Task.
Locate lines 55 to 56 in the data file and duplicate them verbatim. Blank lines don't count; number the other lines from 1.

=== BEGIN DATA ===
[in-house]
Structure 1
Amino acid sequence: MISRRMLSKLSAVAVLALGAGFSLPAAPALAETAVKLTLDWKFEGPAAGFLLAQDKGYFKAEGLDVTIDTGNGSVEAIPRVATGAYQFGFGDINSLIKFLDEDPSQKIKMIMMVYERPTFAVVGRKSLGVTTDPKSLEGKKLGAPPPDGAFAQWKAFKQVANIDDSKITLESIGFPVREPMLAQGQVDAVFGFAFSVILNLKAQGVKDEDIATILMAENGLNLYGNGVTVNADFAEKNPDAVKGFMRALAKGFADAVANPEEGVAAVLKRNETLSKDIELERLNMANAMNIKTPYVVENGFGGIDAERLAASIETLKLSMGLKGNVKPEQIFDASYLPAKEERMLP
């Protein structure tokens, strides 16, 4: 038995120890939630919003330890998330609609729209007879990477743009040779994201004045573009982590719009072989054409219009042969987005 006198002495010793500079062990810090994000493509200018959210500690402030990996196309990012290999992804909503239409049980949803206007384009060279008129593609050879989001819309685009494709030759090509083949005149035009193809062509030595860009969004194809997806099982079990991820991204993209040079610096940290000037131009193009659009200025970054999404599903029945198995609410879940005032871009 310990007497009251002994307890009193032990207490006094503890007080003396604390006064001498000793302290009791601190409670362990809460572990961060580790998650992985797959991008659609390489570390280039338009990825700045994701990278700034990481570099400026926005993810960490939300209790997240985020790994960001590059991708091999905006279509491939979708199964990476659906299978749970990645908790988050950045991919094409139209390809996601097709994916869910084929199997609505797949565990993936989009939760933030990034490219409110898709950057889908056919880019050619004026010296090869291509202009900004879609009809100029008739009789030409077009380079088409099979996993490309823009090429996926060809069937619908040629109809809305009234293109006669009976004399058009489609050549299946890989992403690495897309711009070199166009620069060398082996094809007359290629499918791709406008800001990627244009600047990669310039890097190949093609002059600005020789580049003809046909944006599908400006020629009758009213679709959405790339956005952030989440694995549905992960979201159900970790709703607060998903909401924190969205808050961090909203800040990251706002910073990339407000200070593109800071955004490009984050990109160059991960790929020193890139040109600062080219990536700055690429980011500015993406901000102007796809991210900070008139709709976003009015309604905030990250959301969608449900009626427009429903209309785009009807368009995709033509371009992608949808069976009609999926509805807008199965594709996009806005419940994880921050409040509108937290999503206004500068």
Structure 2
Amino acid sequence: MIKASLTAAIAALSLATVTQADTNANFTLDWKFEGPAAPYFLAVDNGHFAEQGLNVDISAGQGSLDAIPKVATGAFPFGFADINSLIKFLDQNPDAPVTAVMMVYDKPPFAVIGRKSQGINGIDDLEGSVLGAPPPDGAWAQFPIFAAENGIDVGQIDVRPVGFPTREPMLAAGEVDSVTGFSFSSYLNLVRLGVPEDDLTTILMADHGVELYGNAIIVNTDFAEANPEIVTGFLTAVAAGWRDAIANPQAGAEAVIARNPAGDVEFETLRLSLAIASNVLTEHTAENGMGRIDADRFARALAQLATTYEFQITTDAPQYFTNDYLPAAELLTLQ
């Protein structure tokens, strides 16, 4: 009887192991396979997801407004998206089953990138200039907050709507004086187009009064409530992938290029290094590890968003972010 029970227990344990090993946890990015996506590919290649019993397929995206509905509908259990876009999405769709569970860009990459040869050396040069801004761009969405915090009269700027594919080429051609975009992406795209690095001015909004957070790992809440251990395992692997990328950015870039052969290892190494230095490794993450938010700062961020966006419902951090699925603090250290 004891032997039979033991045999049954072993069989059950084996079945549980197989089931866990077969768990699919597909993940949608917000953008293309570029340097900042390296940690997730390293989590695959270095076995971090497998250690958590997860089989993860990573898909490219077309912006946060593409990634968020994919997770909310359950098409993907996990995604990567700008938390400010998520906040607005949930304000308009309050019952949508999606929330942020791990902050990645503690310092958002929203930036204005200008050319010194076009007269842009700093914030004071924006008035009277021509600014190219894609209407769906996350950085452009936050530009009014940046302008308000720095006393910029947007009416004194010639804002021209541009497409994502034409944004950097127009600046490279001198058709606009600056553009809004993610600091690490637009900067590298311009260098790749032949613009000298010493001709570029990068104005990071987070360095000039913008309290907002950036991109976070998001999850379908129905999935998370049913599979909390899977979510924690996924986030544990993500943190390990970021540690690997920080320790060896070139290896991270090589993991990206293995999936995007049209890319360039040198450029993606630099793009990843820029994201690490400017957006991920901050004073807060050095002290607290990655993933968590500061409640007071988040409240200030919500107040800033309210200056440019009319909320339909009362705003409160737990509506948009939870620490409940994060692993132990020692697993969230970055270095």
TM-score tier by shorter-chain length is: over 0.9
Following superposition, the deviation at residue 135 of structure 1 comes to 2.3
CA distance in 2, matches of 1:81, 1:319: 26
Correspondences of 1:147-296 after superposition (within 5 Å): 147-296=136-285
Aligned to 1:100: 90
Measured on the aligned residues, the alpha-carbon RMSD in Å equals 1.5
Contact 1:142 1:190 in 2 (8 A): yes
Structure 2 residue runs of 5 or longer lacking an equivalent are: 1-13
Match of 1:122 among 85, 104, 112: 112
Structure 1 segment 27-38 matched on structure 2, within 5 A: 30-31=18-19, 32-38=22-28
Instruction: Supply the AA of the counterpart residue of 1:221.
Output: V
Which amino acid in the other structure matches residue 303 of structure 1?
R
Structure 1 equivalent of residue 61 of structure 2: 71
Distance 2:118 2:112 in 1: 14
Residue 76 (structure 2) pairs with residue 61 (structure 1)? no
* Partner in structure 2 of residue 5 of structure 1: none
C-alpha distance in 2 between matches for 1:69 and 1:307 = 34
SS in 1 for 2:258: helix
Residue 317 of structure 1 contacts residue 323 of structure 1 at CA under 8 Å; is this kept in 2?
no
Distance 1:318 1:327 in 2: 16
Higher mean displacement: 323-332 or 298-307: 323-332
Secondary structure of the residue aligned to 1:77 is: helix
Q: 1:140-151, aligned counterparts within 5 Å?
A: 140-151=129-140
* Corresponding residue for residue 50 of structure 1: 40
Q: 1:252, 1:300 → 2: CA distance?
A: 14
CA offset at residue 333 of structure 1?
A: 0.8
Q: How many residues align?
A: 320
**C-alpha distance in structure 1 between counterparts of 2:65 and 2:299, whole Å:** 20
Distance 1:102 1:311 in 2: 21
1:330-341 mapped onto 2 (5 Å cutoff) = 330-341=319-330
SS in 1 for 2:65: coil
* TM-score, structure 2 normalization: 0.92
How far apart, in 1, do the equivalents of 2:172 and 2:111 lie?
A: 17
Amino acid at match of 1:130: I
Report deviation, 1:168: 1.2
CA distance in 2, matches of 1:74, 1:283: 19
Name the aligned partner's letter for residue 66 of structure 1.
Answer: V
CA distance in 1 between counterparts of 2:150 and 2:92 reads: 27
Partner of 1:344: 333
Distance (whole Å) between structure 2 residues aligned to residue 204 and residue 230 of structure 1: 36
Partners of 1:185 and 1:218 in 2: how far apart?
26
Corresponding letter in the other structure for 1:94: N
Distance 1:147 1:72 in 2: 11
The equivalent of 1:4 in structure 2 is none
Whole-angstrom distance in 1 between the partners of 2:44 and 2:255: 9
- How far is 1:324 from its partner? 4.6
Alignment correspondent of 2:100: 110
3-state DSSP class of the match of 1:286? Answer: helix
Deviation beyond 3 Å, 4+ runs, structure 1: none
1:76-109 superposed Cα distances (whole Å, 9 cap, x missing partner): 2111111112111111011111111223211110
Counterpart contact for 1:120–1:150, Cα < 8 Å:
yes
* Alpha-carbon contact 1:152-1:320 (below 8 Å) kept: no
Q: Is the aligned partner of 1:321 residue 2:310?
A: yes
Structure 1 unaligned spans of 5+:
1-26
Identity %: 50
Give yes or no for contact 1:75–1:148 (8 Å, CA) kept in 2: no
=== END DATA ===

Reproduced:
Partner of 1:344: 333
Distance (whole Å) between structure 2 residues aligned to residue 204 and residue 230 of structure 1: 36